Will Jufran Banana Ketchup soon be a mainstay on the condiment trays of American restaurants? Apparently, yes, if the results of a recent search by Bon Appétit for the next Sriracha are to be believed.
Sriracha, a spicy Thai condiment made from chili peppers, vinegar, and garlic has become an ubiquitous companion for Asian snacks like Thai spring rolls, Chinese dim sum, and Vietnamese pho. In the United States, Huy Fong Foods is the brand most associated with Sriracha, its trademark packaging bearing the iconic green cap and rooster logo (from which the nickname “Rooster Sauce” comes from). Its spicy-sweet, garlicky flavor has garnered a cult-following beyond Asian cuisine, with people using it on practically everything. Heck, there’s even a cookbook devoted to it.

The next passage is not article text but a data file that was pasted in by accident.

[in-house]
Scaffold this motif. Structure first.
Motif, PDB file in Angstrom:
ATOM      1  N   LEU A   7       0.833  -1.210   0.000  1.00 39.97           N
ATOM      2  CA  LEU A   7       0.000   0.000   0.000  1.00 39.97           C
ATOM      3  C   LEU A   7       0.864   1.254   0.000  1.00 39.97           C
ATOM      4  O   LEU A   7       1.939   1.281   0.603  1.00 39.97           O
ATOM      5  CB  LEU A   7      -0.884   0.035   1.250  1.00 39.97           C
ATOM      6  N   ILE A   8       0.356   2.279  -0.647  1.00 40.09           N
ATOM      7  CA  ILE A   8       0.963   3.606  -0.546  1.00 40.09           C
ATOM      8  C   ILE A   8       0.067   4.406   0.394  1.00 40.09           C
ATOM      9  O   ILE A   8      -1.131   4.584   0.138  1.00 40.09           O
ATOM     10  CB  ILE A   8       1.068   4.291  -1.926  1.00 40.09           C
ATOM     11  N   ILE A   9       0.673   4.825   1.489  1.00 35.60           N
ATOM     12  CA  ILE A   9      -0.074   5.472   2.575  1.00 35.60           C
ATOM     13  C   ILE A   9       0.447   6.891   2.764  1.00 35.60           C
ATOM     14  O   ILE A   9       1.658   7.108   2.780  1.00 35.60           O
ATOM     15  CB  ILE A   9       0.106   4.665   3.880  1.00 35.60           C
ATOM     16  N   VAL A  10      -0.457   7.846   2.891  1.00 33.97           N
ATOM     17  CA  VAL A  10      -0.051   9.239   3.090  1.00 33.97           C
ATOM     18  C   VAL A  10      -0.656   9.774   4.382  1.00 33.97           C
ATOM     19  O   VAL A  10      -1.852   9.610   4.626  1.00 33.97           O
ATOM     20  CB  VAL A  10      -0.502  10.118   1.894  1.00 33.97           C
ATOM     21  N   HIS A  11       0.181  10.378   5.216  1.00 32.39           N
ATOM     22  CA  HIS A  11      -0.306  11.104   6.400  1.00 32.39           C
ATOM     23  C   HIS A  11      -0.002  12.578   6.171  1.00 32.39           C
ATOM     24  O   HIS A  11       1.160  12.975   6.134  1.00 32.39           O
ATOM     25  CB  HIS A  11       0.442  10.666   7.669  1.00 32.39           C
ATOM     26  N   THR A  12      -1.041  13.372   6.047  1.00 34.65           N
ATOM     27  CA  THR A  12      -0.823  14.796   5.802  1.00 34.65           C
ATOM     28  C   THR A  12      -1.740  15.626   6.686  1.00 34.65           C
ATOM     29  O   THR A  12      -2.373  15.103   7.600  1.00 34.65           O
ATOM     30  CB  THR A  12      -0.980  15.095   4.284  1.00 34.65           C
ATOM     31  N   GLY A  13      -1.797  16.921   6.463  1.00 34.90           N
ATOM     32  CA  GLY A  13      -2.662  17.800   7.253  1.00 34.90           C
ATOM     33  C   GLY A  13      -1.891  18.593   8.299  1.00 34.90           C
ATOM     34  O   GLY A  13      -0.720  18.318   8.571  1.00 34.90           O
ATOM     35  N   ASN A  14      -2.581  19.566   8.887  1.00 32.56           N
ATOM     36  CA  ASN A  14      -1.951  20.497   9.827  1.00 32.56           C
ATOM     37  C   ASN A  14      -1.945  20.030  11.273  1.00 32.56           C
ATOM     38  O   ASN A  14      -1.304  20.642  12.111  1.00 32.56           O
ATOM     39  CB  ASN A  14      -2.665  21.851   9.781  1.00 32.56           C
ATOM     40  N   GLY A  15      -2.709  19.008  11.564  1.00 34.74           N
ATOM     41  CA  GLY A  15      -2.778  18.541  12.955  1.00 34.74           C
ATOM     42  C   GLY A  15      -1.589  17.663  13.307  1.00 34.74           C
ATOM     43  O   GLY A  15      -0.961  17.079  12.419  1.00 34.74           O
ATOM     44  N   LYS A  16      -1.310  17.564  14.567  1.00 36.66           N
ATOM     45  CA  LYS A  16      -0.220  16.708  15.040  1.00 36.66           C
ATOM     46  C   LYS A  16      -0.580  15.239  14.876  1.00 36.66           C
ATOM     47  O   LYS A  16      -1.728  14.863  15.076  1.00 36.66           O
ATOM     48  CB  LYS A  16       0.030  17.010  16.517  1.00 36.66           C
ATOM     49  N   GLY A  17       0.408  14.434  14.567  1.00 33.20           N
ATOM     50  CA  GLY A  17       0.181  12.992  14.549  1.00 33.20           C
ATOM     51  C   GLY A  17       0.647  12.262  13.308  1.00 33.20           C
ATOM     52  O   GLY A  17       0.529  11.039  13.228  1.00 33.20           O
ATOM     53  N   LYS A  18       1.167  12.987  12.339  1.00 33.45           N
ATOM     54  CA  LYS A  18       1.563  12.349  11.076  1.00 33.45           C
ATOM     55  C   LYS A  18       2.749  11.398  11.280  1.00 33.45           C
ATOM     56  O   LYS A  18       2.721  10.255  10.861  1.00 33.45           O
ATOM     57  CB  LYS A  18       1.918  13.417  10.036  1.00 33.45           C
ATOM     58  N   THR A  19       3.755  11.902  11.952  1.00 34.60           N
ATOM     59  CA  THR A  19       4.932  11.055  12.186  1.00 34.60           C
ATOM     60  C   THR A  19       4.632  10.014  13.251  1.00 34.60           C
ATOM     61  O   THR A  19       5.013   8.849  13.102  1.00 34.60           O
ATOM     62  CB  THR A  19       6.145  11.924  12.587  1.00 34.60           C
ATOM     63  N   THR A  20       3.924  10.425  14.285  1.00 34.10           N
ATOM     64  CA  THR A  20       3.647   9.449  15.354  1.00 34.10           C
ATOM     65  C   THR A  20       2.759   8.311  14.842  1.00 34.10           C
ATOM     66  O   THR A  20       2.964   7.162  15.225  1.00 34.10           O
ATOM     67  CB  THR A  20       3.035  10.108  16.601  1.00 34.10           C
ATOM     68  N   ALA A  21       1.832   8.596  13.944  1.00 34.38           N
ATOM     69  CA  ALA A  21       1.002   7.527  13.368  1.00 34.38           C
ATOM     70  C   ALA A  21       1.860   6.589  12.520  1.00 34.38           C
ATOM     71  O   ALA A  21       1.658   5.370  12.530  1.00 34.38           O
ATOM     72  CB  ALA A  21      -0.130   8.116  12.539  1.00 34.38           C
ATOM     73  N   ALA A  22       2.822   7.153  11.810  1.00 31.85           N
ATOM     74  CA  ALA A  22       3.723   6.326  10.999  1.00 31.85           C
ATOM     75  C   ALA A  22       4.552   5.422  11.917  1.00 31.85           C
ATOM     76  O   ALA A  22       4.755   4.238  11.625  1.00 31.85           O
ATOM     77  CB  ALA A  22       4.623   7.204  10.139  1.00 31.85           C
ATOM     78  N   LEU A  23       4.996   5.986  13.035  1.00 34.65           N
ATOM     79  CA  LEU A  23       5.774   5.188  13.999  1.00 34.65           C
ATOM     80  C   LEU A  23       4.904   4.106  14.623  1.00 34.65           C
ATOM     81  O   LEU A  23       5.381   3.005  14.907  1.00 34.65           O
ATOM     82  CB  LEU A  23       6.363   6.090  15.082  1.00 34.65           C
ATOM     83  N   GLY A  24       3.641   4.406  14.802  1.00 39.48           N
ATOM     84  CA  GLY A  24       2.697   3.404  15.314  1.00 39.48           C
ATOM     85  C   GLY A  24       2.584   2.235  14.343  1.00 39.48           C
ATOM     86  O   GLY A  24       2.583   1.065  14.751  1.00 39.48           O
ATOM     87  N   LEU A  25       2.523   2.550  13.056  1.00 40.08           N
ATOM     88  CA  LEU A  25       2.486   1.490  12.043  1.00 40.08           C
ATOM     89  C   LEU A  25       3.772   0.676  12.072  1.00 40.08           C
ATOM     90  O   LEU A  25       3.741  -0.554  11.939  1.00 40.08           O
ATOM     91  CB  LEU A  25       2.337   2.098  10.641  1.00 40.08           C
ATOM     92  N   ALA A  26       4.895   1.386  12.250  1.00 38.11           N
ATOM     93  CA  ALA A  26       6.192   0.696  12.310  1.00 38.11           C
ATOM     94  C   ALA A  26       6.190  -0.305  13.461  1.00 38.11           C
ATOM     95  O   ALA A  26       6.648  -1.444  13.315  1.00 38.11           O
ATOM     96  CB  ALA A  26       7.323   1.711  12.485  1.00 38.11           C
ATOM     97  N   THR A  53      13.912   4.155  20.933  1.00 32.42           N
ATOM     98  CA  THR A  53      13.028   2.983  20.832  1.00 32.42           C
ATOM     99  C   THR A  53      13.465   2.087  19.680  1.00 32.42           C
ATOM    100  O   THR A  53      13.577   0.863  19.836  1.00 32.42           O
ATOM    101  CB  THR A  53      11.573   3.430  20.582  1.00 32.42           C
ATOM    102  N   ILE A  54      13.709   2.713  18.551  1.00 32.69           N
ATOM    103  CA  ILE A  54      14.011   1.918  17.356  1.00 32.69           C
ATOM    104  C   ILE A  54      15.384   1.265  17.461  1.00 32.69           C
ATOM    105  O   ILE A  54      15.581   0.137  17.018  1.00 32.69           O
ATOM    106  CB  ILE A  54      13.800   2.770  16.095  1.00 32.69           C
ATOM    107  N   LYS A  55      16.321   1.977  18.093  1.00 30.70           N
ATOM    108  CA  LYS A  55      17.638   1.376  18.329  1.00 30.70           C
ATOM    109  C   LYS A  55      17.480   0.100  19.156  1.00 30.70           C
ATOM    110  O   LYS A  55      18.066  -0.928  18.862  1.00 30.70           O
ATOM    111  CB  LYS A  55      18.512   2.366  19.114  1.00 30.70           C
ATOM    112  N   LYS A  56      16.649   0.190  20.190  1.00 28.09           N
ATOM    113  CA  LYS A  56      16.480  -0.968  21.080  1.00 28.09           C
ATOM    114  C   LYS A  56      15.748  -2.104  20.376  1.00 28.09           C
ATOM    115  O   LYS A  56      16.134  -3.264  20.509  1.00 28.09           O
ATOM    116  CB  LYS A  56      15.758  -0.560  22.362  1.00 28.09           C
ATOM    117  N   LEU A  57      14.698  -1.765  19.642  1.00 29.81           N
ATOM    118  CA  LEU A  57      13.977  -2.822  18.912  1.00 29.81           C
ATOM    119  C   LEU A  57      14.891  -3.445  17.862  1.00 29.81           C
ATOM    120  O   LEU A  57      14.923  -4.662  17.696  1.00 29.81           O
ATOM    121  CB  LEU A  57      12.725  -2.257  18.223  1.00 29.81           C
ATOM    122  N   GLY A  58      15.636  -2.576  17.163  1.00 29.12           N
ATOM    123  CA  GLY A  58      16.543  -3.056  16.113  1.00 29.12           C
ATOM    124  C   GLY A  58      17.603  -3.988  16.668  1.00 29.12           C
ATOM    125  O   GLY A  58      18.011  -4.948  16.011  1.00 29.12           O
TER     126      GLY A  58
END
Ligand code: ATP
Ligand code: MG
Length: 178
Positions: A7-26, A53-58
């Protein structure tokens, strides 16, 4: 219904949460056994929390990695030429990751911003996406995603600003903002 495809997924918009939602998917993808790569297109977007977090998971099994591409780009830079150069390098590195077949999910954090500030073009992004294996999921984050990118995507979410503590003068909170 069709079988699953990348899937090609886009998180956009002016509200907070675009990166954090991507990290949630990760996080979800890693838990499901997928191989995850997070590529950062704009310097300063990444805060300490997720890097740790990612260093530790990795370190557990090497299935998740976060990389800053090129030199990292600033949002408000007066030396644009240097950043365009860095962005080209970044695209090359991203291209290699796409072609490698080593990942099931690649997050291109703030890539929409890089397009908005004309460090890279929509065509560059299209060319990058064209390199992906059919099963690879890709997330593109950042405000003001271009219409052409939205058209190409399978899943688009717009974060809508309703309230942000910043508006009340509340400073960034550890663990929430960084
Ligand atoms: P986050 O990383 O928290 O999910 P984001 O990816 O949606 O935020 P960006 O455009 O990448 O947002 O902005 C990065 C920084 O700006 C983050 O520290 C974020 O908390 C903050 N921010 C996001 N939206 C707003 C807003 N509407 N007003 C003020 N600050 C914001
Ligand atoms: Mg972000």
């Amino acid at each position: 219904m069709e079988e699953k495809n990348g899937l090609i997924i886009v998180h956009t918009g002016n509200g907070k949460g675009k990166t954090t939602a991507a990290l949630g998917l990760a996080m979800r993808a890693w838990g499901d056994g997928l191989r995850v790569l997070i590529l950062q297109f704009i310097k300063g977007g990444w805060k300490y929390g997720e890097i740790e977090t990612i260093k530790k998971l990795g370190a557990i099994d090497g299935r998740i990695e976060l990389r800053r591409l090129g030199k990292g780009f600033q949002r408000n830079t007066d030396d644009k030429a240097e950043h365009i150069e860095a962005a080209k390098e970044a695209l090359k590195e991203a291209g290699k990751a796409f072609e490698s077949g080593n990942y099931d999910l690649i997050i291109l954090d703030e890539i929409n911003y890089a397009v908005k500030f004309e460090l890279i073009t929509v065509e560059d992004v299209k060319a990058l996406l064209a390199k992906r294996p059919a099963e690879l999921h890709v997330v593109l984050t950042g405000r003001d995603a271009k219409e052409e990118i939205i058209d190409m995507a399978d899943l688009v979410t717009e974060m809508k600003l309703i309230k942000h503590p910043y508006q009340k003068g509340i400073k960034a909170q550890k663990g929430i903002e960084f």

With Sriracha opening the door for other Asian condiments, heat junkies are on the lookout for the next tasty firebomb. And our very own Jufran Banana Ketchup has been eyed as a contender. Relabeled as “Hot Banana Sauce” abroad (perhaps to avoid confusion with tomato ketchup), Jufran’s heat is tempered by a fruity, sweet-sour note, quite unlike some of the traditional hot sauces. Originally the official condiment used at the local Max’s Restaurant, it’s now found in Filipino restaurants abroad, which may explain its exposure to the American food scene.
Here’s a snippet from Bon Appétit‘s feature on Jufran:
If this is the case, we may soon see our local Banana Sauce gaining its own widespread following in the US (and maybe even beyond it). And if that happens, Jufran will join the ranks of other world-famous Filipino products (such as adobo, balut, Manny Pacquiao, horrible traffic, and Sotto-copying).
How do you think Jufran will fare in the US? Do you think UFC’s tamis-anghang (sweet-spicy) blend is better, or are you a Papa Ketchup kind of guy? Let us know in the comments below!